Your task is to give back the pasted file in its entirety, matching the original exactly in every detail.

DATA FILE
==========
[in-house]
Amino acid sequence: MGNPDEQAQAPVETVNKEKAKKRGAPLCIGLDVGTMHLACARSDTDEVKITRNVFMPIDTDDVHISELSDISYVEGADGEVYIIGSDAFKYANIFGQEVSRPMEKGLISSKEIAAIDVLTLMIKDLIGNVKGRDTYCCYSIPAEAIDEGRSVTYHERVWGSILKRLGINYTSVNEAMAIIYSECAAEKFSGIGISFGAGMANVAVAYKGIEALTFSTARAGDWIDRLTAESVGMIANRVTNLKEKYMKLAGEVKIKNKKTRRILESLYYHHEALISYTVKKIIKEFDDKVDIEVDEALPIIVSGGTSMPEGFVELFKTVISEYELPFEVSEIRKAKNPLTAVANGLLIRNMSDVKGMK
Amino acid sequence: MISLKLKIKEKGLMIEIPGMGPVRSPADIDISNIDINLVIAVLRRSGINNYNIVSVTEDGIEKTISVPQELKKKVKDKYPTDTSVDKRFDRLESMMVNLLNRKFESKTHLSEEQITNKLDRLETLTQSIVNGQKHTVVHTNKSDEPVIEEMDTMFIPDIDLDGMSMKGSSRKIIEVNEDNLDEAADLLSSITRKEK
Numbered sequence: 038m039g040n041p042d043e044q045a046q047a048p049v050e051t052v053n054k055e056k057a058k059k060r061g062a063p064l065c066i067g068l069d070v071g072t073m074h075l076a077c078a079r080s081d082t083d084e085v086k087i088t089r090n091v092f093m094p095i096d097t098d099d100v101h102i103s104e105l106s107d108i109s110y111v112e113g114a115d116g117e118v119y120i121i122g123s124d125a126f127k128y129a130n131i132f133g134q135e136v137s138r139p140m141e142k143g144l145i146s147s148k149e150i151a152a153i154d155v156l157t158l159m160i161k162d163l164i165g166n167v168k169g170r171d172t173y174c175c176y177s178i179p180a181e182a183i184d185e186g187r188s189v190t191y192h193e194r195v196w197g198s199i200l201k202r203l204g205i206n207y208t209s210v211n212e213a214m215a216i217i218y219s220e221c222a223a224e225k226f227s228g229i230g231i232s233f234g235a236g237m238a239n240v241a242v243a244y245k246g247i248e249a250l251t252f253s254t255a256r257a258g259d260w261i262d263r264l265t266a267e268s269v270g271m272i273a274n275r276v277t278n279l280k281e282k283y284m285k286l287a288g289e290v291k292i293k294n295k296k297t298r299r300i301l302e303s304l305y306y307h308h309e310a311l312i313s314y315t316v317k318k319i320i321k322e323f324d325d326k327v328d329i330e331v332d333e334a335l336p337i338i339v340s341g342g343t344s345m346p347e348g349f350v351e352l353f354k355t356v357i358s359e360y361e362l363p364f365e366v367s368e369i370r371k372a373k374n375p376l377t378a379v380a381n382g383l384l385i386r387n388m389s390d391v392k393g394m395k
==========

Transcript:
[in-house]
Amino acid sequence: MGNPDEQAQAPVETVNKEKAKKRGAPLCIGLDVGTMHLACARSDTDEVKITRNVFMPIDTDDVHISELSDISYVEGADGEVYIIGSDAFKYANIFGQEVSRPMEKGLISSKEIAAIDVLTLMIKDLIGNVKGRDTYCCYSIPAEAIDEGRSVTYHERVWGSILKRLGINYTSVNEAMAIIYSECAAEKFSGIGISFGAGMANVAVAYKGIEALTFSTARAGDWIDRLTAESVGMIANRVTNLKEKYMKLAGEVKIKNKKTRRILESLYYHHEALISYTVKKIIKEFDDKVDIEVDEALPIIVSGGTSMPEGFVELFKTVISEYELPFEVSEIRKAKNPLTAVANGLLIRNMSDVKGMK
Amino acid sequence: MISLKLKIKEKGLMIEIPGMGPVRSPADIDISNIDINLVIAVLRRSGINNYNIVSVTEDGIEKTISVPQELKKKVKDKYPTDTSVDKRFDRLESMMVNLLNRKFESKTHLSEEQITNKLDRLETLTQSIVNGQKHTVVHTNKSDEPVIEEMDTMFIPDIDLDGMSMKGSSRKIIEVNEDNLDEAADLLSSITRKEK
Numbered sequence: 038m039g040n041p042d043e044q045a046q047a048p049v050e051t052v053n054k055e056k057a058k059k060r061g062a063p064l065c066i067g068l069d070v071g072t073m074h075l076a077c078a079r080s081d082t083d084e085v086k087i088t089r090n091v092f093m094p095i096d097t098d099d100v101h102i103s104e105l106s107d108i109s110y111v112e113g114a115d116g117e118v119y120i121i122g123s124d125a126f127k128y129a130n131i132f133g134q135e136v137s138r139p140m141e142k143g144l145i146s147s148k149e150i151a152a153i154d155v156l157t158l159m160i161k162d163l164i165g166n167v168k169g170r171d172t173y174c175c176y177s178i179p180a181e182a183i184d185e186g187r188s189v190t191y192h193e194r195v196w197g198s199i200l201k202r203l204g205i206n207y208t209s210v211n212e213a214m215a216i217i218y219s220e221c222a223a224e225k226f227s228g229i230g231i232s233f234g235a236g237m238a239n240v241a242v243a244y245k246g247i248e249a250l251t252f253s254t255a256r257a258g259d260w261i262d263r264l265t266a267e268s269v270g271m272i273a274n275r276v277t278n279l280k281e282k283y284m285k286l287a288g289e290v291k292i293k294n295k296k297t298r299r300i301l302e303s304l305y306y307h308h309e310a311l312i313s314y315t316v317k318k319i320i321k322e323f324d325d326k327v328d329i330e331v332d333e334a335l336p337i338i339v340s341g342g343t344s345m346p347e348g349f350v351e352l353f354k355t356v357i358s359e360y361e362l363p364f365e366v367s368e369i370r371k372a373k374n375p376l377t378a379v380a381n382g383l384l385i386r387n388m389s390d391v392k393g394m395k